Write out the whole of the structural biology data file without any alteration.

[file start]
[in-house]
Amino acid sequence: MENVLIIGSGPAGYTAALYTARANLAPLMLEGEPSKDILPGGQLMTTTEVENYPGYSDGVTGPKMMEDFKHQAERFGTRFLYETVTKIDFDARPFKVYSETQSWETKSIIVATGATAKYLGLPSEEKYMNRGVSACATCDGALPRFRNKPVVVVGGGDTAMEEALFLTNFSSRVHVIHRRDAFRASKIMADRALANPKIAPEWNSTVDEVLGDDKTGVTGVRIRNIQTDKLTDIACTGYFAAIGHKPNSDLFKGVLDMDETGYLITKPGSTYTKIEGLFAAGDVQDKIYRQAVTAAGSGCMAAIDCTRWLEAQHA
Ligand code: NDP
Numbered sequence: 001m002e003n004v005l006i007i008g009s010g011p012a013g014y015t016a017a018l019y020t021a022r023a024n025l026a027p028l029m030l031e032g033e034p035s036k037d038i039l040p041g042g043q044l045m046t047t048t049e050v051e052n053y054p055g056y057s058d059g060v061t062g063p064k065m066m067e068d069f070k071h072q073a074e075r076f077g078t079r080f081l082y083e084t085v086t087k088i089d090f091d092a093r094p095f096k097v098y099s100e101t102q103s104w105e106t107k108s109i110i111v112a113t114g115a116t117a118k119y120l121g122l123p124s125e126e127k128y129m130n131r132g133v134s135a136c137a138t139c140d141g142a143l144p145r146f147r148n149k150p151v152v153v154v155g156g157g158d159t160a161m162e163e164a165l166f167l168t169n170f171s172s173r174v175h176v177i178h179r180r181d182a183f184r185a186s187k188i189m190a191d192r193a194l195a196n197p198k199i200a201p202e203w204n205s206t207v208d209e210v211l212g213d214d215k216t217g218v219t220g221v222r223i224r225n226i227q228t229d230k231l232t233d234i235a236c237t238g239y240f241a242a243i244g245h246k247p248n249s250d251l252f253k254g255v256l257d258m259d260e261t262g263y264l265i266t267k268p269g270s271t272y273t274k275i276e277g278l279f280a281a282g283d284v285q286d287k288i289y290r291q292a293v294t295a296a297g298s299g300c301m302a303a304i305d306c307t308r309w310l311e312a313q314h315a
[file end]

[in-house]
Amino acid sequence: MENVLIIGSGPAGYTAALYTARANLAPLMLEGEPSKDILPGGQLMTTTEVENYPGYSDGVTGPKMMEDFKHQAERFGTRFLYETVTKIDFDARPFKVYSETQSWETKSIIVATGATAKYLGLPSEEKYMNRGVSACATCDGALPRFRNKPVVVVGGGDTAMEEALFLTNFSSRVHVIHRRDAFRASKIMADRALANPKIAPEWNSTVDEVLGDDKTGVTGVRIRNIQTDKLTDIACTGYFAAIGHKPNSDLFKGVLDMDETGYLITKPGSTYTKIEGLFAAGDVQDKIYRQAVTAAGSGCMAAIDCTRWLEAQHA
Ligand code: NDP
Numbered sequence: 001m002e003n004v005l006i007i008g009s010g011p012a013g014y015t016a017a018l019y020t021a022r023a024n025l026a027p028l029m030l031e032g033e034p035s036k037d038i039l040p041g042g043q044l045m046t047t048t049e050v051e052n053y054p055g056y057s058d059g060v061t062g063p064k065m066m067e068d069f070k071h072q073a074e075r076f077g078t079r080f081l082y083e084t085v086t087k088i089d090f091d092a093r094p095f096k097v098y099s100e101t102q103s104w105e106t107k108s109i110i111v112a113t114g115a116t117a118k119y120l121g122l123p124s125e126e127k128y129m130n131r132g133v134s135a136c137a138t139c140d141g142a143l144p145r146f147r148n149k150p151v152v153v154v155g156g157g158d159t160a161m162e163e164a165l166f167l168t169n170f171s172s173r174v175h176v177i178h179r180r181d182a183f184r185a186s187k188i189m190a191d192r193a194l195a196n197p198k199i200a201p202e203w204n205s206t207v208d209e210v211l212g213d214d215k216t217g218v219t220g221v222r223i224r225n226i227q228t229d230k231l232t233d234i235a236c237t238g239y240f241a242a243i244g245h246k247p248n249s250d251l252f253k254g255v256l257d258m259d260e261t262g263y264l265i266t267k268p269g270s271t272y273t274k275i276e277g278l279f280a281a282g283d284v285q286d287k288i289y290r291q292a293v294t295a296a297g298s299g300c301m302a303a304i305d306c307t308r309w310l311e312a313q314h315a